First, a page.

Tuesday, November 10, 2015

Polymer Clay Experiments...

I have a love affair with ancient Roman glass.  There's just something magical that happens when the glass is buried for a few thousand years.  I am smitten with the blend of rustic and iridescent.  But there are some drawbacks to working with it.

For one, it's... understandably... on the expensive side.  Most of it is found in Afghanistan in old Roman bottle dumps.  It has a finite source and once the dumps run dry, that's it!

Another thing that is less than ideal is that even though the glass has survived for thousands of years beneath sand and stone, it's on the more fragile side.  Not only is it prone to chipping and breaking, but the delicate finish on top can be worn away with body oils or flake off.

So I set about creating a similar effect in polymer clay.  I'm still experimenting with other mediums, but that's another blog post for another day.  After several different attempts, I think I've figured it out and came up with a method that I'm pleased with.

Here are my results:
This is one version of my Faux Roman Glass.  I really like it!  I even added larger holes in this batch to replicate the look of authentic pieces even more.

This is another experiment with the Faux Roman glass.  It has a slightly different color recipe and I finished them a bit differently as well.  I think it looks spot on!

Here's what the backs look like.  You can't really tell in this light, but the pieces are translucent and play with the light nicely!  I added inclusions to the polymer to make it look even more like ancient glass.

The nice thing about working in polymer is that the pieces are super flexible and bendy!  It really opens up design options.  Along with the flexibility, another perk is that I can do whatever shape I like and am not constrained by what's available on the market.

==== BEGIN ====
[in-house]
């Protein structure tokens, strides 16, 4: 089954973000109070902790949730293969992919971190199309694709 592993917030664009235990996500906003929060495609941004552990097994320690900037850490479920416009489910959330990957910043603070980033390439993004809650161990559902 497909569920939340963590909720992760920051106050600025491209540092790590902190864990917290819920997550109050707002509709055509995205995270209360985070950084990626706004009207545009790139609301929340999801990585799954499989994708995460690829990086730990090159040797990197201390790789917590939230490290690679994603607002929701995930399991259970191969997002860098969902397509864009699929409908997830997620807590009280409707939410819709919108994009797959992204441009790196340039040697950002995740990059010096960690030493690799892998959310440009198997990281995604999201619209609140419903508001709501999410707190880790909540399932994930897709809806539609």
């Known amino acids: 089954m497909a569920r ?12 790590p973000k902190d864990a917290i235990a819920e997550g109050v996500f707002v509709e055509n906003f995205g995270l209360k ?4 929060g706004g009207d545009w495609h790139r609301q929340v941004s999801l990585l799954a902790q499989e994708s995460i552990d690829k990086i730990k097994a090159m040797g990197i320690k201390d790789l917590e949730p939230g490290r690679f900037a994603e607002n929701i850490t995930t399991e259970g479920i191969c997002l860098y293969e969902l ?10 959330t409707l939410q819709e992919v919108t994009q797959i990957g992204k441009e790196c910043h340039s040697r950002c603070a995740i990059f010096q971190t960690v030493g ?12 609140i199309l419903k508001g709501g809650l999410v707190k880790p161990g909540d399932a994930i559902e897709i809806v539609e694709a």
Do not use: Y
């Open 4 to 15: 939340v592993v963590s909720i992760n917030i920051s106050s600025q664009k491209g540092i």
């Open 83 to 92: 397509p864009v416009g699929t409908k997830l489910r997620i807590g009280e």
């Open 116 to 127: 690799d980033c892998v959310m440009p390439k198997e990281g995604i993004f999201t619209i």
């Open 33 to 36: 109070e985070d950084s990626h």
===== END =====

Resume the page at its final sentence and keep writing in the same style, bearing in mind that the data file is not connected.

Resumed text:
Here's another view of the Faux Roman glass pieces!

The pictures really don't do these justice, as the iridescent layers don't get to sing like they do in real life!  I spent a long time trying to figure out just the right formula and am pleased with the way they turned out.

While I was experimenting with what started off as a way to figure out the look and feel of ancient Roman glass, I branched out and played with some other color combinations and surface treatments.  This combination plays with shades of purple, glints of pink, and touches of blue with a vivid contrast of gold highlights.  I call them Gypsy Drops.  They remind me of the colorful scarves that adorned the costumes of the gypsies in my childhood stories.

This is another colorway.  This plays with pale greens and subtle blues with touches of gold.  I call them Ocean Tears.  They remind me so much of light on the waves of the ocean.

This colorway is called Magma Drops.  I really embellished these pieces with the crusty factor and added layers of rust reds and coppers to the pinks and pale purples.  When I looked at them, there was something primal that came to mind, that the churning surface of molten volcanic earth.

I'm going to keep playing around with this technique of building layers and balancing the right combination of matte, shiny, and pearlescent.  I really love how the idea of simulating ancient Roman glass sort of formed and I used it as a springboard for other ideas and surface treatment applications.  Hope you all like them as much as I do!

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